The sheer number of tools available can be overwhelming. Learning a new tool can be a steep learning curve but usually only for a short time before its use becomes indispensable. Every tool has a different purpose and every user has immediate and personal needs. Matching these is what can be difficult.
This site presented in book format by Google with illustrations by Christoph Niemann answers a lot of questions about the Internet; the ‘cloud’, browser cookies, phishing, open source and other things that students need to understand.
What’s a cookie? How do I protect myself on the web? And most importantly: What happens if a truck runs over my laptop?
For things you’ve always wanted to know about the web but were afraid to ask
We used to talk about Digital Literacy… Now ‘digital fluency’ goes a step further to include utilising and integrating digital skills into everyday communication, problem solving and learning. How teaching and learning has changed! Now the teacher must also ensure he or she is constantly upskilling to the point of ‘fluency’ then changing pedagogues in order to be relevant.
The Buck Institute for Education (BIE) is dedicated to improving 21st Century teaching and learning throughout the world by creating and disseminating products, practices and knowledge for effective Project Based Learning (PBL).
This skills framework contains definitions for each skill and sets them against the focus for which it needs to be developed. Project based learning has much in common with the Guided Inquiry approach we follow at Broughton and these definitions assist in making some of the 21C skills ‘jargon’ clear as more teachers learn new pedagogues.
This video, produced using data obtained from an extensive research study of School Libraries in New Jersey led by Dr Ross Todd, describes the situation in school libraries today and the role of Teacher Librarian (called Library Media specialist in the USA)
There is so much to think about and to learn about digital media on the JISC site linked below – and all in one place!
A framework called DiAL-e is described and the best part about this framework is that it:
encourages consideration of context, learners’ roles, content, learning outcomes, activity, feedback and re-usability – focusing on what the learner does with an artefact rather than giving priority to its subject or discipline content.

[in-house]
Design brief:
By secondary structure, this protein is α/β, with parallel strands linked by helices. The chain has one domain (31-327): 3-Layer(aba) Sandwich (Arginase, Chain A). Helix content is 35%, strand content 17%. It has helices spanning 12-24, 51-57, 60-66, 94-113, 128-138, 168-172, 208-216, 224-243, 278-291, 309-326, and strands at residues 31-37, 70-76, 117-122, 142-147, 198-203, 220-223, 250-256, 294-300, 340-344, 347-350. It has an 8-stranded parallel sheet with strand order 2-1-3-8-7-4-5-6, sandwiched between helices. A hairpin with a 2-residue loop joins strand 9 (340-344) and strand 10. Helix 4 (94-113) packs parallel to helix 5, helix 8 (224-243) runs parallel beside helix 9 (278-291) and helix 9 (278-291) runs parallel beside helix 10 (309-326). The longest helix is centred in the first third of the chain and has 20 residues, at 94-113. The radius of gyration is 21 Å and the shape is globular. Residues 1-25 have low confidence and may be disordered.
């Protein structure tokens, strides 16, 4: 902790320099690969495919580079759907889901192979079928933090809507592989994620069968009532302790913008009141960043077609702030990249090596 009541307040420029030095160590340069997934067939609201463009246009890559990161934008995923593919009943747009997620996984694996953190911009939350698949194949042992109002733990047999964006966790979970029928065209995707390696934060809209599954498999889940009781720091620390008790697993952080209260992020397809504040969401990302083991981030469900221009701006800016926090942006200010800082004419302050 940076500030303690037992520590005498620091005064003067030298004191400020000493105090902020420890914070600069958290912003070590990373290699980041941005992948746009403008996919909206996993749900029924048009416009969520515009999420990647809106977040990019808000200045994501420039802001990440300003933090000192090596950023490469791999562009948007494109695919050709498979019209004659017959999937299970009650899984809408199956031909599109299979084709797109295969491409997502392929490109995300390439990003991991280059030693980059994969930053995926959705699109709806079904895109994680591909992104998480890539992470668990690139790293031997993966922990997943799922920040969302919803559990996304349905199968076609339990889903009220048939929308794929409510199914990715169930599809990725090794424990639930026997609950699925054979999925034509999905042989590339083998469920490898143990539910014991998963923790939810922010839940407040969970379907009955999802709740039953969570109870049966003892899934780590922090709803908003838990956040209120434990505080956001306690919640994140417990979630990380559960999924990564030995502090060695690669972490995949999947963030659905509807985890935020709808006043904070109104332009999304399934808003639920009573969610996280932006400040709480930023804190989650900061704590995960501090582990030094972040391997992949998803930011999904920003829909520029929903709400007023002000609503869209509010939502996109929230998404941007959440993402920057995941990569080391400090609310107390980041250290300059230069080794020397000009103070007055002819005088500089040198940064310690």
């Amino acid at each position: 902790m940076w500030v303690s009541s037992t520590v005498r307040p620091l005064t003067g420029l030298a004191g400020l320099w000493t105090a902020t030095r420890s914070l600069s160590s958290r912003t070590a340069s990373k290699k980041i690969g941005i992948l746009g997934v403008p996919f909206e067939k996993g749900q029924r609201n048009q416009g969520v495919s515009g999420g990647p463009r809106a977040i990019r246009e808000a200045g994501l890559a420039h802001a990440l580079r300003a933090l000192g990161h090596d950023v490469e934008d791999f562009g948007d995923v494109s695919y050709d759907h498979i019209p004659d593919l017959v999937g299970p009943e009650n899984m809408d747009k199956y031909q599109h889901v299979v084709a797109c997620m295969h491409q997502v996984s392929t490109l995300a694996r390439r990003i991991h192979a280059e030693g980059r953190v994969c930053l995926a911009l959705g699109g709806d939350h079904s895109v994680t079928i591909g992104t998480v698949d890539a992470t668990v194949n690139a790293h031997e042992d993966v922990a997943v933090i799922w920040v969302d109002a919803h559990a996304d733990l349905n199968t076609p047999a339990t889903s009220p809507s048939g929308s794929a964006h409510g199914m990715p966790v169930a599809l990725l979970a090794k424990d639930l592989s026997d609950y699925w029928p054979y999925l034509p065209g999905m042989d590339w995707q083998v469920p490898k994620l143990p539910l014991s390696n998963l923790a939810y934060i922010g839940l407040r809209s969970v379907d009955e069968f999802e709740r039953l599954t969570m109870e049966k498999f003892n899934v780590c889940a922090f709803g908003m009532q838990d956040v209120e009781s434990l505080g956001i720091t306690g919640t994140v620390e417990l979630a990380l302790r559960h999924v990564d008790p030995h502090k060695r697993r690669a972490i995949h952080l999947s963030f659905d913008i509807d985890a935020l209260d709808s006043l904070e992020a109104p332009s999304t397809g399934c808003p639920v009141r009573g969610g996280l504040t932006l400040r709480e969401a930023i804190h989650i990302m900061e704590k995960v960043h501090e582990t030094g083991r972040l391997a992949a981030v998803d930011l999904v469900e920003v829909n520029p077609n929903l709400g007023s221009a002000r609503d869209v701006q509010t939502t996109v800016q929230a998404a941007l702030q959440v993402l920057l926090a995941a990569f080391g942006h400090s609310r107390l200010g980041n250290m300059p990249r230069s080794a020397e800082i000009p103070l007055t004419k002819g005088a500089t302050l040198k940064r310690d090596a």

Eight core learning designs and six core learning spaces are described and then digital media to assist in transforming learning is placed into the equation.
As Australia looks at implementing a new national Curriculum, courses are being developed and programs rewritten it would be a great time for a rethink of how Digital Media can play an important role in encouraging the learner to use their ‘product’.
It’s that time of year – end of term evaluation is taking place; evaluation of the products of students’ work, of outcomes achieved, of teaching methodologies…
As we move into the use of technology in the classroom using Apps on hand held devices, how should we be evaluating Apps when we purchase them and before we use and recommend them? This rubric from a post by Tony Vincent on LearningHand is valuable.
The IRC held a special storytime (“Imagine for a moment”) for the ‘littlies’ at the Spring Fair and we used our latest technology acquisition… a web cam to show picture books!
The iPad Dr Seuss Apps were also in full swing … but there was something special about the real moment of turning pages and the ability to stop and receive comments or discuss pictures from a book – but with the ability to share the story with a large number of children. The mix of technology plus human input made for magical moments.
Students from the University of Massachusetts, Amherst present Aesop’s fables in 21st Century style. Students have published two versions – the traditional fable and a modern version of the same. Most are created using Flash – some with sound and interactivity.
This chart, by the United States Department of Labor Futurework, graphically illustrates where we might be heading over the next thirty years based on the rapid changes in technology today. A conclusion is reached: “Fifty percent of today’s grade school kids will end up at jobs that haven’t been invented yet.” Clearly we must be training students to be creative and inventive.
This is where Guided Inquiry, used at Broughton in many classes, trains students to pose deep, personal questions, discover, select and channel information from many sources to reach conclusions that assist in bringing about change.